And there's the sort of terror that no one but a homeless woman with children can know. There's the terror a woman feels who is being beaten secretly and consistently by her spouse. Or the terror of a child who is being sexually abused by a family member. Or how about the terror someone might feel when they're driving over a bridge and it collapses? There's the terror of being raped, the terror of getting a phone call that tells you your child has been in a car wreck.

Terror. It doesn't just come dressed in a turban, armed with a box cutter. No, to be human is to know terror at some point in our lives.

And some of it is preventable and some of it just is not.

And I don't care what our president says, you can't possibly hunt out terror and destroy it. Even if you spend over 450,000,000 (that's just so far, folks!) dollars on one little war in one little country and we're not even going to discuss that fact that that country had nothing to do with the terror Americans experienced on 9/11.

But that amount of money would go a long way towards ensuring that every American has health care so that if they do get that terrible diagnosis, they are not left with nowhere to turn for treatment.

It would go quite a ways towards dealing with the aging infrastructure in this country. It would certainly help out with making sure that all our kids get a decent education and so have a way to support themselves, a way to get out of poverty and to avoid all the different ways poverty can be terrible.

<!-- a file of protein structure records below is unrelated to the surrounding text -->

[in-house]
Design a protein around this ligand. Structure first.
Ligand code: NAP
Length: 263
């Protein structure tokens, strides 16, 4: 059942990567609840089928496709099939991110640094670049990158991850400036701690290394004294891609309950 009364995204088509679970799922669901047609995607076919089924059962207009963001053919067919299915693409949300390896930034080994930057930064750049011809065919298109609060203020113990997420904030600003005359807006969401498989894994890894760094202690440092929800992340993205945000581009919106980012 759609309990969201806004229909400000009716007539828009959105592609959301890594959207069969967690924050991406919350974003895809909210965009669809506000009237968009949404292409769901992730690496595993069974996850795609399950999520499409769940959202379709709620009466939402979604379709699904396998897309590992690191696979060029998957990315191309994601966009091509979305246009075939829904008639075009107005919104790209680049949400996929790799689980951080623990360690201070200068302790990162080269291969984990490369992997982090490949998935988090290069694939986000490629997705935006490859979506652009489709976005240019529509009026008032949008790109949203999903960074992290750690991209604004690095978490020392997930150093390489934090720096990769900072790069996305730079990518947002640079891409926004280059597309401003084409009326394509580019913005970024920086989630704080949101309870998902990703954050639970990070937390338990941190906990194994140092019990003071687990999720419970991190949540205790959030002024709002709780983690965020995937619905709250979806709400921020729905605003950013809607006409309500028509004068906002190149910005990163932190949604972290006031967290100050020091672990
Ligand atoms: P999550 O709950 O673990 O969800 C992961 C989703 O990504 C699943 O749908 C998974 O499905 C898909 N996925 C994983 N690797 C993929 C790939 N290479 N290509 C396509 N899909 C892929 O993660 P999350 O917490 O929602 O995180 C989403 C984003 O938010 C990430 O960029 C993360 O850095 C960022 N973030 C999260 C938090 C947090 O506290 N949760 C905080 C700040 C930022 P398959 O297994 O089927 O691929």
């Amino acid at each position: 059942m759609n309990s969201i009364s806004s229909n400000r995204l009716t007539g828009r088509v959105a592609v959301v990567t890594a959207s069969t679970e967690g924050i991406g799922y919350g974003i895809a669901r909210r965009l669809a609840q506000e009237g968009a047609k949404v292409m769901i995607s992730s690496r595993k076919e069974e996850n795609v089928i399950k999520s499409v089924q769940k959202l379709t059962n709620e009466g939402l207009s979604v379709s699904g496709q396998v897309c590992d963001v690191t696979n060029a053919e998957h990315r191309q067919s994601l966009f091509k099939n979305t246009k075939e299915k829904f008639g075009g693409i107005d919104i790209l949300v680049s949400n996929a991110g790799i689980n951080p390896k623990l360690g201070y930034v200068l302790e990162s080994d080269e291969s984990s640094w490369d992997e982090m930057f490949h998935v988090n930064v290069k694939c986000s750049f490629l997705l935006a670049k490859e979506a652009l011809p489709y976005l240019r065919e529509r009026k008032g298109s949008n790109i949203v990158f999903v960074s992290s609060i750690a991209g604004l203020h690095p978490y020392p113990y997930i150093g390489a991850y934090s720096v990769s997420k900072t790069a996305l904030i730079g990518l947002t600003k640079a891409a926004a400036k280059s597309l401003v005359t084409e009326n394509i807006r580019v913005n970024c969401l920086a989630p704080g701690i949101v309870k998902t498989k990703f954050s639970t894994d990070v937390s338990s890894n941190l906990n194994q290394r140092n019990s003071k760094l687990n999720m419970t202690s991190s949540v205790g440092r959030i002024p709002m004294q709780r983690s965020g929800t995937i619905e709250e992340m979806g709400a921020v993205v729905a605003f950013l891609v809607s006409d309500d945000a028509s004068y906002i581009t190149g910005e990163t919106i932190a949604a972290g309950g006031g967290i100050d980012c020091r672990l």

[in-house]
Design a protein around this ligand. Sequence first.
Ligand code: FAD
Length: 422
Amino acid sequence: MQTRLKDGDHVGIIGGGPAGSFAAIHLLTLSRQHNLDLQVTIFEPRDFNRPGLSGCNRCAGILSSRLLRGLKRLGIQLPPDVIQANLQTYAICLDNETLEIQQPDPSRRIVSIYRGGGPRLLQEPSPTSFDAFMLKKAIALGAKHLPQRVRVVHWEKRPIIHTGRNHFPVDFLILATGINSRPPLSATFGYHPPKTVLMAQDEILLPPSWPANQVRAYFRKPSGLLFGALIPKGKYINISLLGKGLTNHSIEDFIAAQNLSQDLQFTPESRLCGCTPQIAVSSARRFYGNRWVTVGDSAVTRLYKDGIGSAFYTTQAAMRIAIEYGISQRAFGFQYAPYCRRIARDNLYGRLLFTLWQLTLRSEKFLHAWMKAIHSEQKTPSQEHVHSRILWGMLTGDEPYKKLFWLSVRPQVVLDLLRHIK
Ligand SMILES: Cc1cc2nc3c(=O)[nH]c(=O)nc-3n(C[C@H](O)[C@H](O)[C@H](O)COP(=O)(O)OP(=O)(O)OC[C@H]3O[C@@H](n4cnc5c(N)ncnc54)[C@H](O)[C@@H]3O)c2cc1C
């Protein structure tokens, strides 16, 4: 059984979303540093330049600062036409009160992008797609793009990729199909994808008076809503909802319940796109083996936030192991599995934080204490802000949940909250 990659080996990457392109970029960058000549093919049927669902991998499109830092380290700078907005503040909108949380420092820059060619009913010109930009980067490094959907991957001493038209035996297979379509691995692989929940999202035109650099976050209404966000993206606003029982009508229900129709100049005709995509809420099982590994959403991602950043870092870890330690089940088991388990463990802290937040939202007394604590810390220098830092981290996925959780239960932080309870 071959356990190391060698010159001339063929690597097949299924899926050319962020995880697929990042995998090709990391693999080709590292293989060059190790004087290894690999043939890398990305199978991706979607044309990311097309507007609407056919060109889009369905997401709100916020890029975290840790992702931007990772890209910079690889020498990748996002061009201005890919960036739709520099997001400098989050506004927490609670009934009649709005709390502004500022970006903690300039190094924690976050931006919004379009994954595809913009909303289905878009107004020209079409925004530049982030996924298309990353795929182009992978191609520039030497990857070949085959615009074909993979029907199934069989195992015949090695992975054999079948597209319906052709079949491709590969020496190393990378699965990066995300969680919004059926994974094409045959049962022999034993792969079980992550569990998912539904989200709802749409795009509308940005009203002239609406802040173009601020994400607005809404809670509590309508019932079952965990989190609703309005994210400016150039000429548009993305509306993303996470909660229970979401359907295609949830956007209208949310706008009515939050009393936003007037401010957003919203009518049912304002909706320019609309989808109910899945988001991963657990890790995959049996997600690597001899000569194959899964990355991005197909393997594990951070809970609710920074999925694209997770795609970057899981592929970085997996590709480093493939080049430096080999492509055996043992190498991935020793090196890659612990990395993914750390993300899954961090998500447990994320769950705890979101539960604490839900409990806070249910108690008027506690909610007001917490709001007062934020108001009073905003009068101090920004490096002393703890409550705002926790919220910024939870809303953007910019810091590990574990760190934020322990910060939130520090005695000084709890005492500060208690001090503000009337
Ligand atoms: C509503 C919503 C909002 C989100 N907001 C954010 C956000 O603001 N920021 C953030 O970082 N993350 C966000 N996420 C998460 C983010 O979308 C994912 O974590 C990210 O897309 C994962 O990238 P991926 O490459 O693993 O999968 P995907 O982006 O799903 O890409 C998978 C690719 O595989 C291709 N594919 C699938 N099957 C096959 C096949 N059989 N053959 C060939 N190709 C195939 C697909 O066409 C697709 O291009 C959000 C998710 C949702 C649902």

That money could go for programs to help children and women who have been abused. It could go for research to help find cures for the diseases that create terror in those who have them. It could help feed the hungry, it could help find solutions for this vast problem of global warming that if we don't deal with RIGHT NOW could very well result in the end of life as we know it.

How's that for a terrifying prospect?

Frankly, the thought that evil-doers are going to bomb us doesn't strike nearly as much fear in my heart as does the worry that one of my children or my husband will fall ill and we won't have the funds to pay for the very best health care we can find. Nor do these evil-doers make me nearly as frightened as is a friend of mine whose son is about to go over to Iraq as a Marine.

"We must fight them there so we don't have to fight them here." So says GW. I keep wondering if the terrorists are going to stow away in our (inadequately armored) humvees when we bring them home, planning to spring out with (stolen from us) weapons in their hands, spraying death and destruction.

I think that our president has led such a sheltered, protected life that he doesn't truly know a damn thing about terror. He thinks it's all about box cutters and planes and evil-doers.

We here in the real world know a lot more. And by God, why in the world we and our congress keep letting this man spend our money and chip away at our freedoms, and sacrifice our children's lives and the lives of countless others, is so vastly beyond me that I can't even begin to verbalize it.

All I can say is that having that man in charge of the free world feels a lot like...terror.

Wednesday, August 1, 2007

Sour Lass

So I went to get new glasses today. I have been wearing corrective lenses since the Lion's Club came to my school when I was in the third grade to test our vision and it was discovered that I could not see the largest E on the chart.